terized by low cost raw materials and short process times, new application fields for CMC
materials beyond aerospace could be opened [1]. Meanwhile, Mi processes are used by
most of the CMC manufacturers, worldwide.

2. MELT INFILTRATION MANUFACTURING PROCESSES
The LSI / MI processes are based on the experiences from the manufacture of reaction
bonded SiSiC materials, as well as on the manufacture of C/C materials via PIP and can
generally be subdivided in three main process steps. In the first step, a CFRP (Carbon Fibre
Reinforced Plastic) preform is made, using common technologies, like resin transfer
moulding (RTM), autoclave technique or warm pressing. Therefore commercially available
carbon fibres in form of 2D fabrics, cut fibres and filament winded or braided preforms as
well as high carbon yield precursors, like phenolic resins, are used. In the second step, this
CFRP preform is pyrolyzed in inert gas atmosphere at T > 900 °C, and thereby transformed
into a highly porous C/C preform. In the third and last process step, molten silicon is infil-
trated in this porosity by capillary forces at T > 1420 °C in vacuum. Thereby the silicon
immediately reacts with the carbon in the contact areas building up the SiC matrix.

Due to the high reactivity of the molten Si, a direct contact to the C fibres generally has to
be avoided. Additionally, a weak embedding of the brittle fibres in the brittle matrix is
mandatory to obtain characteristic CMC properties, like high strength, fracture toughness
and thermal shock resistance. To ensure both, fibre protection and weak fibre matrix inter-
face, three different methods are used for industrial production up to now, i.e. fibre embed-
ding in carbon matrix via PIP, fibre coating via CVI and in situ fibre embedding in carbon
matrix (fig.1):

                       Sigrasic (SGL)                  Sictex (EADS)               C/C-SiC (DLR, SKT, FCT)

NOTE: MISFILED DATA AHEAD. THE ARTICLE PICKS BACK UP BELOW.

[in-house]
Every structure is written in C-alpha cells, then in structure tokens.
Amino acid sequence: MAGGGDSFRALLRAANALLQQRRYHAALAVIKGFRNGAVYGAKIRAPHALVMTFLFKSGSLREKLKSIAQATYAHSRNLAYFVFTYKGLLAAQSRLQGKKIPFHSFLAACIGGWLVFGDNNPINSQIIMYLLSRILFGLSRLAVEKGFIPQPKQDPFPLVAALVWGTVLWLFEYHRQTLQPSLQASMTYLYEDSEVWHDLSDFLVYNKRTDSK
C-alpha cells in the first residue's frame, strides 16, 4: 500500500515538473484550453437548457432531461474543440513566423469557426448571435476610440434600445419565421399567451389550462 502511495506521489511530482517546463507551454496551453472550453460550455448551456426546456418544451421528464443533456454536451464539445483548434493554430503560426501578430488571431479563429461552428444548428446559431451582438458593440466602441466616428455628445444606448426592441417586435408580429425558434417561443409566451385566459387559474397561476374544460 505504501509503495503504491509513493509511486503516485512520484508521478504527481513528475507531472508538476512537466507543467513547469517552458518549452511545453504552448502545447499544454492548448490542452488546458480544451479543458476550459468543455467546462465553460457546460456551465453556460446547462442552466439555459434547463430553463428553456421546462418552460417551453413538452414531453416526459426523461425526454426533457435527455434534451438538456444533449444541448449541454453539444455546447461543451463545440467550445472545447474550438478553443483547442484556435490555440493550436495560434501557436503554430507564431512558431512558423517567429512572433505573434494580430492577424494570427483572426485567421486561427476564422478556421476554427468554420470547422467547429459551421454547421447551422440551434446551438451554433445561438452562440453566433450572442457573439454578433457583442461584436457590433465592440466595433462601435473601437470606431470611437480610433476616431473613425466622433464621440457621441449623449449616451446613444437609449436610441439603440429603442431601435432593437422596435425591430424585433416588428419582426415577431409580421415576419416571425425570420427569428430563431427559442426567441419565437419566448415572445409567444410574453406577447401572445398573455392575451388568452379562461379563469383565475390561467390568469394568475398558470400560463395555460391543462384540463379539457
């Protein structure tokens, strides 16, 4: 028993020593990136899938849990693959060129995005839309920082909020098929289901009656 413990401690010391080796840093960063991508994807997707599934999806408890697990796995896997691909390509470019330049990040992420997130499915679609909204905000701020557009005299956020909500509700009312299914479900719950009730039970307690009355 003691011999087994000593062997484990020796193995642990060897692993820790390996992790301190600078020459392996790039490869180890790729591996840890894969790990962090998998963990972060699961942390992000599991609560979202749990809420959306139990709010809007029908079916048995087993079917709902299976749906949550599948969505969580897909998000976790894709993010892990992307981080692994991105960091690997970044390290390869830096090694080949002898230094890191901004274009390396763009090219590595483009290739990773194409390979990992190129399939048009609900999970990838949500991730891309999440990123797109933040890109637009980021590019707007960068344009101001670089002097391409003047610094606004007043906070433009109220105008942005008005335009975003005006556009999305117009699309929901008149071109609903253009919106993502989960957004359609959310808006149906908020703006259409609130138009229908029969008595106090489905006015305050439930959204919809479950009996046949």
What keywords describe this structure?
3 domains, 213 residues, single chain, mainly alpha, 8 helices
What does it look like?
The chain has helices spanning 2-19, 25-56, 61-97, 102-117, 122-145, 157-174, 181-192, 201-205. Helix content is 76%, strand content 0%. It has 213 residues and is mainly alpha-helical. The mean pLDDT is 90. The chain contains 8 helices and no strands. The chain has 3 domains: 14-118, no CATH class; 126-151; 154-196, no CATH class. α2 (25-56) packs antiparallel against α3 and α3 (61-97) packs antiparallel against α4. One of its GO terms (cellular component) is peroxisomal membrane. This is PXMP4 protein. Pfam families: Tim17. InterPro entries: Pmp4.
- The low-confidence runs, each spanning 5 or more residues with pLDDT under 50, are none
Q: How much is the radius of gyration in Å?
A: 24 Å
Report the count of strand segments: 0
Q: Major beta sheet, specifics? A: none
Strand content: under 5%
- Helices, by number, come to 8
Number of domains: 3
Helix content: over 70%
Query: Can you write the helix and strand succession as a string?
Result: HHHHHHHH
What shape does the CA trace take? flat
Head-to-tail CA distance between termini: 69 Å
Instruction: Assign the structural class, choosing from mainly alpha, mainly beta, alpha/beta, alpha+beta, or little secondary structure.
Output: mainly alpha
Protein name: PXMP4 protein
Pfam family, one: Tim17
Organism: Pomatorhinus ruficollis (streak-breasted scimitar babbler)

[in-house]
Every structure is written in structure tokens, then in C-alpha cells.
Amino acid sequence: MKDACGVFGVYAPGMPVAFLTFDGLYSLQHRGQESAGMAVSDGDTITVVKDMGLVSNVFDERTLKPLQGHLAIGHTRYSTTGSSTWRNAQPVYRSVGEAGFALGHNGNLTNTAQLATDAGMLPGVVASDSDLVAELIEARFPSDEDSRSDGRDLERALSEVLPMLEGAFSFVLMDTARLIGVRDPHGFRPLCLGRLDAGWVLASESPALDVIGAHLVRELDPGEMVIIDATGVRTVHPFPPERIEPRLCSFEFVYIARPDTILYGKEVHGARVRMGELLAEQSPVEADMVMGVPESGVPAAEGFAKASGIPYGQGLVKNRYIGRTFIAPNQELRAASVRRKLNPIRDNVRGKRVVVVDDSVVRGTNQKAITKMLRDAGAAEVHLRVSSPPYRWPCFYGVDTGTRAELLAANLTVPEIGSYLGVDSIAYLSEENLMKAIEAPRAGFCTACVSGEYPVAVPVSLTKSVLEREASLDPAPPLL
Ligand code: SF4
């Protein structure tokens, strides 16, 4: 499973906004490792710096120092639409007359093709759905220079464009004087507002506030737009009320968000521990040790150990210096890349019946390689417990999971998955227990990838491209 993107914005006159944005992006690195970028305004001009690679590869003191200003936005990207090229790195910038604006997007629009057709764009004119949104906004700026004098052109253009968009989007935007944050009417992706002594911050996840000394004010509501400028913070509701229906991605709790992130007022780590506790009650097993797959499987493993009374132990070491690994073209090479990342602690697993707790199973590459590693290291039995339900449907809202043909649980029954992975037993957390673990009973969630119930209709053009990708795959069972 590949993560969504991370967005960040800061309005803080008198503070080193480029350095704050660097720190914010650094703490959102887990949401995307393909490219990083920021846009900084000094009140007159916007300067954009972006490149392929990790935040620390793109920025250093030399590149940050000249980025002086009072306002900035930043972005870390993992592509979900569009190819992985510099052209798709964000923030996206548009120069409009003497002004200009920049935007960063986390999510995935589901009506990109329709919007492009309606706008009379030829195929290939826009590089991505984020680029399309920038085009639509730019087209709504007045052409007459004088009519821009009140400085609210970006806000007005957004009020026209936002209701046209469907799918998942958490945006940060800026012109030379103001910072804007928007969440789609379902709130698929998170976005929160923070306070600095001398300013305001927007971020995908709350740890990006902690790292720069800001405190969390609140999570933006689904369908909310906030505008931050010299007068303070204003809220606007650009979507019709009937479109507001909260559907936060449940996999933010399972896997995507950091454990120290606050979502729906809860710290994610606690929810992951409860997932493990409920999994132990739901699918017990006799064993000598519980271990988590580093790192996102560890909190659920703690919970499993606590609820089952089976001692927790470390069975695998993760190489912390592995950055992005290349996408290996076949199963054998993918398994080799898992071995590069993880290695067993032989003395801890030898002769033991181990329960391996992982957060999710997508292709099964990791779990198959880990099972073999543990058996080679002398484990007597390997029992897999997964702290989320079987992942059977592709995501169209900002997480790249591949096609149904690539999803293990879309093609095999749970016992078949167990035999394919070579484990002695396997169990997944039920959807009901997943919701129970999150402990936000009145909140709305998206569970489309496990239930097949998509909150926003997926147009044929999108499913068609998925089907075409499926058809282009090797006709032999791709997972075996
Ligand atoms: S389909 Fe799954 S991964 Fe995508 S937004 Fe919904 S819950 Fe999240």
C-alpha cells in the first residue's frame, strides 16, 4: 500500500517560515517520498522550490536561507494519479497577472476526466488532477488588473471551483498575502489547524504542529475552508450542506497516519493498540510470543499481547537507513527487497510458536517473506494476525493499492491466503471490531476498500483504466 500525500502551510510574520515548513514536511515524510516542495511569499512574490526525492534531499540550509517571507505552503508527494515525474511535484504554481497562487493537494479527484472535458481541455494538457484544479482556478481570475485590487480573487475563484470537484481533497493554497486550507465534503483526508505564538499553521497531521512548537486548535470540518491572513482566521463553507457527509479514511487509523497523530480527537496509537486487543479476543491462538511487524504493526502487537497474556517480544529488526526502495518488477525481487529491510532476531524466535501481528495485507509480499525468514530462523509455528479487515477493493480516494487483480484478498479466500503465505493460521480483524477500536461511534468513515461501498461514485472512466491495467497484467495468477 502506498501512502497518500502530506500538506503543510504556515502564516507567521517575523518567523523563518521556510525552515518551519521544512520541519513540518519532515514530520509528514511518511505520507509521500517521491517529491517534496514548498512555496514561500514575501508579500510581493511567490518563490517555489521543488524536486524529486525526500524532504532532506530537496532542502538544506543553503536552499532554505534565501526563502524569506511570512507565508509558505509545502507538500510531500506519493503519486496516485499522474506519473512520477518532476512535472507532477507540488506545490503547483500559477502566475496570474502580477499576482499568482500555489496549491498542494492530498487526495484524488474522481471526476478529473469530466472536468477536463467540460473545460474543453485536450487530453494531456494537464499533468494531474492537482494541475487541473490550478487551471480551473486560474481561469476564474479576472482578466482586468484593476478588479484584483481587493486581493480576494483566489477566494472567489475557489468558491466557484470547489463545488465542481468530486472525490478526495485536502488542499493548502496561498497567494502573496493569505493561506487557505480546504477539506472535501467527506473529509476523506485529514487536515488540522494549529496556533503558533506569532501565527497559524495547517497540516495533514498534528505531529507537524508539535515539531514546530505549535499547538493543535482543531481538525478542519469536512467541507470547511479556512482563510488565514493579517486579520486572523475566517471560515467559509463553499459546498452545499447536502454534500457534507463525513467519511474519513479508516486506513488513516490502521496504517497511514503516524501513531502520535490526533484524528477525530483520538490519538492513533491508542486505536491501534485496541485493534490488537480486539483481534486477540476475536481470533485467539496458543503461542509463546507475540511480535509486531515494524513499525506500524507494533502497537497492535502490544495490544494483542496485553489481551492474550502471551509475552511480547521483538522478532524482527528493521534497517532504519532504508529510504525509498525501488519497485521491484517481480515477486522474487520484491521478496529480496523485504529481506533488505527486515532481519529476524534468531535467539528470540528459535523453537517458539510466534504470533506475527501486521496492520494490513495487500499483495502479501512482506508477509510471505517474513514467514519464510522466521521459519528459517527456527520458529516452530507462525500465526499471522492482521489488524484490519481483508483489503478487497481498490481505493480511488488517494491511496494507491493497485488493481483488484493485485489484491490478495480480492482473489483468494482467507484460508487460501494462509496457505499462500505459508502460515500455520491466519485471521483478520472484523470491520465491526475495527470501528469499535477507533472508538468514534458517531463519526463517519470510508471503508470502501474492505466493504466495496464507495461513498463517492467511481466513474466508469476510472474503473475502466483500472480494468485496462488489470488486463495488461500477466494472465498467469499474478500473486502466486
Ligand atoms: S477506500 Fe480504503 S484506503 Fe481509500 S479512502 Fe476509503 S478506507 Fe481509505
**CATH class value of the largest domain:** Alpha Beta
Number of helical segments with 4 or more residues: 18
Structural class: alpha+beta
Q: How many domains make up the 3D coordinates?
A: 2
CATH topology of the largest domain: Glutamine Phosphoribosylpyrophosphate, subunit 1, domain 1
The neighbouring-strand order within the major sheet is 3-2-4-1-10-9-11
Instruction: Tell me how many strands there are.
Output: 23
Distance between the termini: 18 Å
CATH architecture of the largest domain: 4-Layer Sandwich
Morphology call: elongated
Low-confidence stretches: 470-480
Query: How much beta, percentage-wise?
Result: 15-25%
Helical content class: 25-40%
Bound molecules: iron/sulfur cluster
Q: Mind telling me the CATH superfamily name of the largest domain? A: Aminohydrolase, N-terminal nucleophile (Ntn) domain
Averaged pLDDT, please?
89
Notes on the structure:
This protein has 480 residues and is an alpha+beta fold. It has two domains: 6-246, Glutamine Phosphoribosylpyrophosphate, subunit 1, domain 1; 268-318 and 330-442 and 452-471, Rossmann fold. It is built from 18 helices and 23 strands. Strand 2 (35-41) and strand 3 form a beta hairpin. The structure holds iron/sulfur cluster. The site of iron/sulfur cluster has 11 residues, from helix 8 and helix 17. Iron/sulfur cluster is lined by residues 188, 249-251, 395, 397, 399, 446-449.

C-Fibres,
                                  C-Fibres,                      C-Fibre
                                                                  C-Fibre                         C-Fibres,
                                                                                                  C-Fibres,
                Precursor
                Precursor                          Precursor
                                                   Precursor                        Precursor
                                                                                    Precursor
                                  C-Fabrics
                                  C-Fabrics                      preforms
                                                                 preforms                         C-Fabrics
                                                                                                  C-Fabrics


                         Impregnation
                         Impregnation                             Coating
                                                                  Coating
                           + Curing